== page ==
New compensation scheme for lost/stolen card protection policies
A new compensation scheme has been agreed between 11 banks and credit card issuers and the Financial Conduct Authority (FCA), to reimburse customers who were sold card protection policies that were, essentially, useless. This is separate from the ongoing card protection policy claims, as this centres on one policy issuer offering protection that was totally not required.
An estimated two million affected bank customers will be sent a letter in April or May, asking them to vote in favour of the compensation scheme, which could see people receiving up to around £300 each.
The policies in question were offered by a company called Affinion and sold by the banks and credit card firms. The FCA explained that one unnecessary element of the insurance covered losses due to the fraudulent use of a card that had been lost or stolen. "This was unnecessary because the customer's card issuer was typically responsible for any transactions after the cards were reported as being lost or stolen and, in the period before reporting the matter, customers were only liable for unauthorised transactions in limited circumstances," the regulator said, adding that "the bank or card issuer usually covered customers for anything over the first £50 if transactions took place before the card was reported missing."
As a result the policies, which went under the names such as Card Protection, Sentinel, Sentinel Gold, Sentinel Protection, Sentinel Excel and Safe and Secure Plus, were essentially charging customers for protection they already had, and it is this element that is being reimbursed. An average policy cost £25 a year and the compensation will also accrue interest of 8% a year, minus any taxes and any money actually paid out on successful claims, meaning people could get up to £300.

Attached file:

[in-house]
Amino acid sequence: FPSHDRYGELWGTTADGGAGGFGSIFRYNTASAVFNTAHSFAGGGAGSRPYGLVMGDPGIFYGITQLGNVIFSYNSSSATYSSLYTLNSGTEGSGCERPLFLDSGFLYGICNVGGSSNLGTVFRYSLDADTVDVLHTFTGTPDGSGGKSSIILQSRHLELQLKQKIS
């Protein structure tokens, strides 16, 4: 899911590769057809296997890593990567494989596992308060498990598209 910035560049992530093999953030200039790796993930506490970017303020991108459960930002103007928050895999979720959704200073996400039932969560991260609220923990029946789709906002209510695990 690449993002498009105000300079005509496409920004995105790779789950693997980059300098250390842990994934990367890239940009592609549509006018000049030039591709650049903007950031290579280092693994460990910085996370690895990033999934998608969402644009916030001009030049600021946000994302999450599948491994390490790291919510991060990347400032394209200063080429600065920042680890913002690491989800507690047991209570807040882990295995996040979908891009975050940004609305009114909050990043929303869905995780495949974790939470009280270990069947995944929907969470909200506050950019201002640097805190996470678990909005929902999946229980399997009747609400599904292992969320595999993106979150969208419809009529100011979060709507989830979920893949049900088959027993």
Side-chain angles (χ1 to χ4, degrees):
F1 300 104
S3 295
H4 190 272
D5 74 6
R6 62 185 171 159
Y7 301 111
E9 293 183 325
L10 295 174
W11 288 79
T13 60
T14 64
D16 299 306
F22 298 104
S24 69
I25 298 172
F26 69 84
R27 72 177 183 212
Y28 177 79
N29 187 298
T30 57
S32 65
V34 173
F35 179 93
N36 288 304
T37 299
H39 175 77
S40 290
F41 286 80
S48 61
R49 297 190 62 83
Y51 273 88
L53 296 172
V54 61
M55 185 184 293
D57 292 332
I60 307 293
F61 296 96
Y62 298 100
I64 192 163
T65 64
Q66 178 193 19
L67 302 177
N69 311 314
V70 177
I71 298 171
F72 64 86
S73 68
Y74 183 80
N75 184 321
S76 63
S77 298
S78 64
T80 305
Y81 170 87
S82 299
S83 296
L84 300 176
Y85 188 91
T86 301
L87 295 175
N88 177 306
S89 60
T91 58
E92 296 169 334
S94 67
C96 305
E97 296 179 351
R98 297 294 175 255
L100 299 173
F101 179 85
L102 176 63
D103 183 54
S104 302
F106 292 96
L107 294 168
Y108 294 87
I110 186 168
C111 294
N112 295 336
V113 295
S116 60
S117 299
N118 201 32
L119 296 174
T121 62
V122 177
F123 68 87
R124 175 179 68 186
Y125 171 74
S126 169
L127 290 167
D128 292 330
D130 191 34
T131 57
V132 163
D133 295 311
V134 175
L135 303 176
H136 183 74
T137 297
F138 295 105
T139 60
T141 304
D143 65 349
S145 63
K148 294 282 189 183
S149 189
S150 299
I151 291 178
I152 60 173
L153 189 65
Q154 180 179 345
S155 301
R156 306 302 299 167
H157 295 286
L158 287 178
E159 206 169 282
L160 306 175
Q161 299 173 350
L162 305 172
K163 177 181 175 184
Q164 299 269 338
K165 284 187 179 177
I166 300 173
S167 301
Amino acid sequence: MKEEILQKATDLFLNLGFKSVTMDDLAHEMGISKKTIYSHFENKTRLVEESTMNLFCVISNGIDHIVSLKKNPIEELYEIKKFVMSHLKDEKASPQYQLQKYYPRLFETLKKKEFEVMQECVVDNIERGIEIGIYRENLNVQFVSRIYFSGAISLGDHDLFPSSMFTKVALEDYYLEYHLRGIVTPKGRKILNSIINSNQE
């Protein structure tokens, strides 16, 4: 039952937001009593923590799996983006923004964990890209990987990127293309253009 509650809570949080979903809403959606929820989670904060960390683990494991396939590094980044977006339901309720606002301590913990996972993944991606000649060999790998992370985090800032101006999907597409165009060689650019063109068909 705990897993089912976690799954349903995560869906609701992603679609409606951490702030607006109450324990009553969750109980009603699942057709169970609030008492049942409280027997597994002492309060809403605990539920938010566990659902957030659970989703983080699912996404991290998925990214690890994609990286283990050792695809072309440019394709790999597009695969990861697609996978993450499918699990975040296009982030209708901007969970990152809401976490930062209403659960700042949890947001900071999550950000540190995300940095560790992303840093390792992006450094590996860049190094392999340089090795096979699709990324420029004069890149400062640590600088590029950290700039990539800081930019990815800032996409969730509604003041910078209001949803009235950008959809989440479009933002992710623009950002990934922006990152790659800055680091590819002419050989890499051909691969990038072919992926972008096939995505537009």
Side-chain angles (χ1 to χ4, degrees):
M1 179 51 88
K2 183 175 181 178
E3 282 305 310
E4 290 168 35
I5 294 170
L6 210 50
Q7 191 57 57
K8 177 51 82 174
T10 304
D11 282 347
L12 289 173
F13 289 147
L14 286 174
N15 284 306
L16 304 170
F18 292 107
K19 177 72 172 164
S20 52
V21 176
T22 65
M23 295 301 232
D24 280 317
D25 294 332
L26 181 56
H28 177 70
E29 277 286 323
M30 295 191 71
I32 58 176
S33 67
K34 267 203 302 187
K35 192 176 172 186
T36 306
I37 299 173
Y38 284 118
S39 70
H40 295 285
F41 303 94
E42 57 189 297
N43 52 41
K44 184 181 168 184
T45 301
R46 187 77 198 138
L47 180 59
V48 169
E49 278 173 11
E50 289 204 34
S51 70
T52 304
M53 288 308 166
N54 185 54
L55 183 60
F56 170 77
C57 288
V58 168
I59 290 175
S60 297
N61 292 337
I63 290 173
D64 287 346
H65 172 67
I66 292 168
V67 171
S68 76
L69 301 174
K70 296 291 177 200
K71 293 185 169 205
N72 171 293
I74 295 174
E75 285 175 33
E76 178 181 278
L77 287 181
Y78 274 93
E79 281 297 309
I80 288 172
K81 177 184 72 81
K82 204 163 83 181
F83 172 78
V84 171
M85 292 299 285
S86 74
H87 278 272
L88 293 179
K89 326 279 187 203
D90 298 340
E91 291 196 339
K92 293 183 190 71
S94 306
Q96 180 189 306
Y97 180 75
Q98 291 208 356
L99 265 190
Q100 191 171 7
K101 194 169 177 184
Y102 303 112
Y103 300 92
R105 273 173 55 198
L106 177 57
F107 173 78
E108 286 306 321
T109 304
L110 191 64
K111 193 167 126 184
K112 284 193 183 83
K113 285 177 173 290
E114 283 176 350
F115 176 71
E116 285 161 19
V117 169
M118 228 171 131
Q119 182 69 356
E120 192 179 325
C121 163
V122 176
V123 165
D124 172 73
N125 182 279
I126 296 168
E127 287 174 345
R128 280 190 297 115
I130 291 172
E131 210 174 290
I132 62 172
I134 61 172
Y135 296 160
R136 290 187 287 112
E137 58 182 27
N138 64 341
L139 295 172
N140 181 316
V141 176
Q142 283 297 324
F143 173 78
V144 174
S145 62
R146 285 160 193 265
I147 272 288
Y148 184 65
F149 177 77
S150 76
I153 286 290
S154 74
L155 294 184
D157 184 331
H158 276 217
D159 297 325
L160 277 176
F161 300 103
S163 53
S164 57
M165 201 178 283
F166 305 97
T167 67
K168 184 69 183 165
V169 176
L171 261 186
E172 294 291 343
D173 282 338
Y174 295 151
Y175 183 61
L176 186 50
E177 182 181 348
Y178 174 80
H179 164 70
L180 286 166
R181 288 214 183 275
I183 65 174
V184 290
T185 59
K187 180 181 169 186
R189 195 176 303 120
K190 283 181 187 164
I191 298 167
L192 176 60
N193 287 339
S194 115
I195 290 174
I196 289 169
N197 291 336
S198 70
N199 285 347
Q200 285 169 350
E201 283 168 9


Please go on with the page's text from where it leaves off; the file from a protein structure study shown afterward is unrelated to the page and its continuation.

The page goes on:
This new scheme follows a similar compensation payout made last year for similar policies offered by CPP, who were fined £10.5m in 2012 by the FCA's predecessor, the Financial Services Authority (FSA), after using deliberate mis-selling tactics to trick people into thinking they needed the insurance cover.
Tracey McDermott, director of supervision and authorisations at the FCA, said: "We have been encouraged that, working closely with the FCA, a large number of firms have voluntarily come together to create a redress scheme that will provide a fair outcome for customers. "
The 11 banks and card issuers involved are:
AIB Group (UK) trading as First Trust Bank in Northern Ireland and Allied Irish Bank (GB) in Great Britain
Capital One (Europe)
Northern Bank Limited trading as Danske Bank
Tesco Personal Finance
The Co-operative Bank
The Royal Bank of Scotland.
The scheme will not cover bank customers who had a card insurance policy as part of a packaged bank account.